The writing of Iris Murdoch has long been of interest to both literature enthusiasts and students of philosophy. The years Murdoch spent studying philosophy at Oxford and Cambridge left an indelible imprint on her body of work, which is widely recognized as some of the best literature produced in 20th century Britain. This anthology of international essays addresses both Murdoch's philosophy and writing in the context of Continental philosophy and postmodern fiction. Many of these twelve essays resist the prevailing critical orthodoxies, introducing instead new hermeneutical theories with which to approach one of Britain's most revered authors.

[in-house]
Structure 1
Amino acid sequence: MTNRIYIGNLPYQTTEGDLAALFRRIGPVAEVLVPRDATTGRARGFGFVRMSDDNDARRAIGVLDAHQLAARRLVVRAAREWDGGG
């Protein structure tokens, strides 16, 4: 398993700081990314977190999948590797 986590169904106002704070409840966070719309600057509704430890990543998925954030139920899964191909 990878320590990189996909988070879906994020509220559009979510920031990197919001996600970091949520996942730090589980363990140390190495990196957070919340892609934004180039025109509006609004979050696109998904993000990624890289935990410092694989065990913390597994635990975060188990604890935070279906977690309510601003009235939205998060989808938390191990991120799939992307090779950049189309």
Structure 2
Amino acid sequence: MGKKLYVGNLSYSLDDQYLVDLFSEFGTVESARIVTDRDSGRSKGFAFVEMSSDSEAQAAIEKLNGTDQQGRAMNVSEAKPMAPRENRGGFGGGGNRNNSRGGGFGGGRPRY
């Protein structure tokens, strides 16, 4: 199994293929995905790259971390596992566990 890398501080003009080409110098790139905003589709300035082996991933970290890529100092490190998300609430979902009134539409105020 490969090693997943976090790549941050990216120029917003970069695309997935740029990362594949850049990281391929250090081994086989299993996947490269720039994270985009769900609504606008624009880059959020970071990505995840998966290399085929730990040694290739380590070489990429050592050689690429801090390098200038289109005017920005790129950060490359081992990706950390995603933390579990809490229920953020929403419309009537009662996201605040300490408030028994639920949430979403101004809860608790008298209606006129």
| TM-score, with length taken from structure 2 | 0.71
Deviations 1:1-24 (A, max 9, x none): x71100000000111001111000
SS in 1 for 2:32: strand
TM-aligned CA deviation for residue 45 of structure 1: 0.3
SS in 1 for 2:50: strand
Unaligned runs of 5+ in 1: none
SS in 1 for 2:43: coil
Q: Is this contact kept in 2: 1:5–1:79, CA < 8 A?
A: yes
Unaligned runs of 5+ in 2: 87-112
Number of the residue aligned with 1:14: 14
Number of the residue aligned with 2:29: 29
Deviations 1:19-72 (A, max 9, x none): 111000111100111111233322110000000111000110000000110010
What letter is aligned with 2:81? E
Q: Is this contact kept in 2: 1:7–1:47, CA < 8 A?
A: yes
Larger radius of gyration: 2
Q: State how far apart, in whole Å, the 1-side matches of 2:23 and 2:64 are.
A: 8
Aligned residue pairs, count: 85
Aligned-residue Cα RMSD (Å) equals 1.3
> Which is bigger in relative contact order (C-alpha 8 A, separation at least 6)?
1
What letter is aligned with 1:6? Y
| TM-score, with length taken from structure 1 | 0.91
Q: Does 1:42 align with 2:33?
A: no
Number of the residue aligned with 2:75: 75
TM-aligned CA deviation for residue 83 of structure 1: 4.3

M.F. Simone Roberts is an independent scholar with an interdisciplinary doctorate in poetics and feminist philosophy. She is an assistant editor at large for Common Knowledge and has published in a variety of journals. Her study of Luce Irigaray is forthcoming. Alison Scott-Baumann is a reader emeritus in cultural hermeneutics at the University of Gloucestershire and a member of the Conseil Scientifique at the Fonds Ricoeur in Paris. Her study of Ricoeur was published in 2009.